Do Not Open by John Farndon. (Grades 4+)
What to do, what to do...! A group of school children just came in, all clamoring for the Guinness Book of World Records, any Guinness Book will do, but they're all checked out! Stop. Take a deep breath. And hand them Do Not Open.
Purported to be "an encyclopedia of the world's best kept secrets", this book is that and more. It covers everything from Airforce One to how to "decode" a bar code, to the Kremlin, to theories comparing Abraham Lincoln's assassination with JKF's assassination.
It is visually appealing? Boy howdy, it is! Each topic is generally covered on a two-page spread (for some of which you have to turn the book around and look at it vertically). These spreads are chock-full of photos, cartoons, maps, and more. There are lift-the-flaps, pages that fold out to create giant spreads, even Magic Eye pictures.
Do Not Open also employs a sort of website-y, choose-your-own-adventure-y linking style. At the beginning of the book it tells you that you can either just read straight through or check the bottom right of the pages and it'll give you some other pages to turn to that present similar info. For example, on the spread that presents Cheyenne Mountain, it says "Want to check out some more amazing complexes? Look at Kremlin on pp. 66-67, Vatican on pp. 88-89, and Forbidden City on pp. 204-205." It's an interesting way to link entries in the book, although it didn't really work for me. My problem was I'd read an interesting section, but instead of wanting more info on spies or presidents, I'd want more info about aliens and those pages weren't "linked". Maybe kids will find it more useful. As for myself, I browsed straight through and that was fine for me.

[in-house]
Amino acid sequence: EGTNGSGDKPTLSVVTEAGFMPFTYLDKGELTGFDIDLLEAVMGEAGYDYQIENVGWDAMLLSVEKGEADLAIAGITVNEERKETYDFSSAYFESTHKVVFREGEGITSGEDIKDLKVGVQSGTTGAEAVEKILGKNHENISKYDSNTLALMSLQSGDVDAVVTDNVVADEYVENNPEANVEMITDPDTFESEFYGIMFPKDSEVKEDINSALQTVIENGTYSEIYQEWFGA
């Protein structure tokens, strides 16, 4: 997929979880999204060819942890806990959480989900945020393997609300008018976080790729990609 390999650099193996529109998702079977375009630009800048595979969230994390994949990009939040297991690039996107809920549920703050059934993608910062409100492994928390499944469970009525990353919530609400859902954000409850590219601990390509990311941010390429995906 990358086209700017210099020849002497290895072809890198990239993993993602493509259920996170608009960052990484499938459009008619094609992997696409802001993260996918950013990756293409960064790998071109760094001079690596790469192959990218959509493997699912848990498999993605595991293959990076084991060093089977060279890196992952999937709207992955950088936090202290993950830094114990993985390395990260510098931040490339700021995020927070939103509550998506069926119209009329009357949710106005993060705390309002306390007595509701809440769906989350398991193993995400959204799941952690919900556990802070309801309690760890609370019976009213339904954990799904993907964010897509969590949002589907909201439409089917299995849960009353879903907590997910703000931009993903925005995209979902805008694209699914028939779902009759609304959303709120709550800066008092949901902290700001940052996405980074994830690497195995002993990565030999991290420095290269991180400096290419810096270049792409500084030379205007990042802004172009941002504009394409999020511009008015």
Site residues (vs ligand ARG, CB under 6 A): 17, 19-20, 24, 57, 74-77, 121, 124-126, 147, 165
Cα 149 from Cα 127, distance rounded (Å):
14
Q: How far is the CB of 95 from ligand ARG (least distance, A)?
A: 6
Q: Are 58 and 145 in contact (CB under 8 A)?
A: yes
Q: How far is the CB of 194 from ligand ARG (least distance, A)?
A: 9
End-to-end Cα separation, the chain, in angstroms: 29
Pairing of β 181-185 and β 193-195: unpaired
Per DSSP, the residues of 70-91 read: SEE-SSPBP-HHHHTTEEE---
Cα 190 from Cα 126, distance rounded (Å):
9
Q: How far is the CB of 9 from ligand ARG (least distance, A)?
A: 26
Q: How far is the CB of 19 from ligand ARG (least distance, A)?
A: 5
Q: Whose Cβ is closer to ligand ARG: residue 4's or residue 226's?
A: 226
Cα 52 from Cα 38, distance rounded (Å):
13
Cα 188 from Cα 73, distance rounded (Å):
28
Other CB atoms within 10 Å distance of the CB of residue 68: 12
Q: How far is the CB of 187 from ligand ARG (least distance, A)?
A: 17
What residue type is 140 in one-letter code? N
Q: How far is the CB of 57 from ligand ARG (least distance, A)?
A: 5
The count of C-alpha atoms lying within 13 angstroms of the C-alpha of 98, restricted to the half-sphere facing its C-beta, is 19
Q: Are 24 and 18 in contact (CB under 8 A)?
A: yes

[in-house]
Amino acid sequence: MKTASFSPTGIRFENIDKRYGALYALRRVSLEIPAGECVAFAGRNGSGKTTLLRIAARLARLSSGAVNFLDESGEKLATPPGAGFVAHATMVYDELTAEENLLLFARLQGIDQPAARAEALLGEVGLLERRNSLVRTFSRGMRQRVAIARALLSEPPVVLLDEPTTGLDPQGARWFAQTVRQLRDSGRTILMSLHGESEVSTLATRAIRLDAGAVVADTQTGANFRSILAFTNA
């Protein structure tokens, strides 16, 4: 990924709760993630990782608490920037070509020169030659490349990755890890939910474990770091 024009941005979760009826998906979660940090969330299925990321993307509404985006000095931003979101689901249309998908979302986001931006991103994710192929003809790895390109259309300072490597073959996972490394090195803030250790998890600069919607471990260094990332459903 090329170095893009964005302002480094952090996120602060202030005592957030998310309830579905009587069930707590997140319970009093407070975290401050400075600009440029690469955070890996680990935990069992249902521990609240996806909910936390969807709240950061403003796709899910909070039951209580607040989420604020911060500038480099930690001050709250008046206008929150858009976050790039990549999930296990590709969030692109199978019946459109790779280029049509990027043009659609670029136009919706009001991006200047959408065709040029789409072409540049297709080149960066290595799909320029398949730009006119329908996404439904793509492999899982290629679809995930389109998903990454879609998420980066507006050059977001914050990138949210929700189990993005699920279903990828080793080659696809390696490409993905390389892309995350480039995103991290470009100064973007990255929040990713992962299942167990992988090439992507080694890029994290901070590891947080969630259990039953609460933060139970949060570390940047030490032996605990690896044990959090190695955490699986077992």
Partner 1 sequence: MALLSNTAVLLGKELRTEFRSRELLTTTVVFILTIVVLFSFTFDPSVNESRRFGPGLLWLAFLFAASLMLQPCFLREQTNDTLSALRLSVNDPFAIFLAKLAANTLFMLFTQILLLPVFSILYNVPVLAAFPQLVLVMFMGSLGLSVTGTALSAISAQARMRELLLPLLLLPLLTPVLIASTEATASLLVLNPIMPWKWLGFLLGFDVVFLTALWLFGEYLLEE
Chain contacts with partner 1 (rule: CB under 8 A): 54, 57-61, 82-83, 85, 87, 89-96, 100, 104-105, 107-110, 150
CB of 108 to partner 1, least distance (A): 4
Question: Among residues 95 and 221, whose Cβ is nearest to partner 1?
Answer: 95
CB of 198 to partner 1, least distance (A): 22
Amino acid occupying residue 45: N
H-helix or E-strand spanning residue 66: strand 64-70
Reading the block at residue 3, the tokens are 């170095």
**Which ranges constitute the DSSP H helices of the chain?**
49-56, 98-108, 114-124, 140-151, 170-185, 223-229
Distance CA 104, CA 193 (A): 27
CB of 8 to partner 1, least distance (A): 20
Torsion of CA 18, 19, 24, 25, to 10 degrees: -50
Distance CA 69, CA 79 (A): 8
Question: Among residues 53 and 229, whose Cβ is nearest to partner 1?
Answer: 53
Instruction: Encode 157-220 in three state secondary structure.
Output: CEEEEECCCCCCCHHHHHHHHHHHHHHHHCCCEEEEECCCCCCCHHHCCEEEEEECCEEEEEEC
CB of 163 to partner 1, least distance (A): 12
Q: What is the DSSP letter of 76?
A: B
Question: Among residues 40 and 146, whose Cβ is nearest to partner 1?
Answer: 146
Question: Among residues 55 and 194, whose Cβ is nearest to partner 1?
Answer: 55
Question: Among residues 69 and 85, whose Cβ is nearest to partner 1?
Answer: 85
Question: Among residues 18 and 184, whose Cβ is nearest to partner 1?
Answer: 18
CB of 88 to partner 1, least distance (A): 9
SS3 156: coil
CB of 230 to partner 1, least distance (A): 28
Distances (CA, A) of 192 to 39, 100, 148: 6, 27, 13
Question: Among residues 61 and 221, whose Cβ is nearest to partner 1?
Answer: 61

Although there's a pretty lengthy "Acknowledgments" page, exact sources aren't noted. It's understandable. With so many entries about so many different things, the source list might be as long as the book itself. The format and conversational tone make this book a great choice for browsing and recreational reading.
However, be warned that you might come across some information you could have lived without, such as this passage in the entry on dirt: "Human skin flakes make up 80 percent of the dust in beds and carpets. House dust mites feed on these skin flakes. Up to 10 million dust mites share your bed each night. The average house dust mite poops 20 times a day. About 10 percent of the weight of a two-year-old mattress is dead dust mites and their feces. Sleep tight!"
Read more reviews over at The Well-Read Child, The Imperfect Parent, Breeni Books, BoingBoing, and Bookgasm.
It's Nonfiction Monday! Check out the roundup at Picture Book of the Day!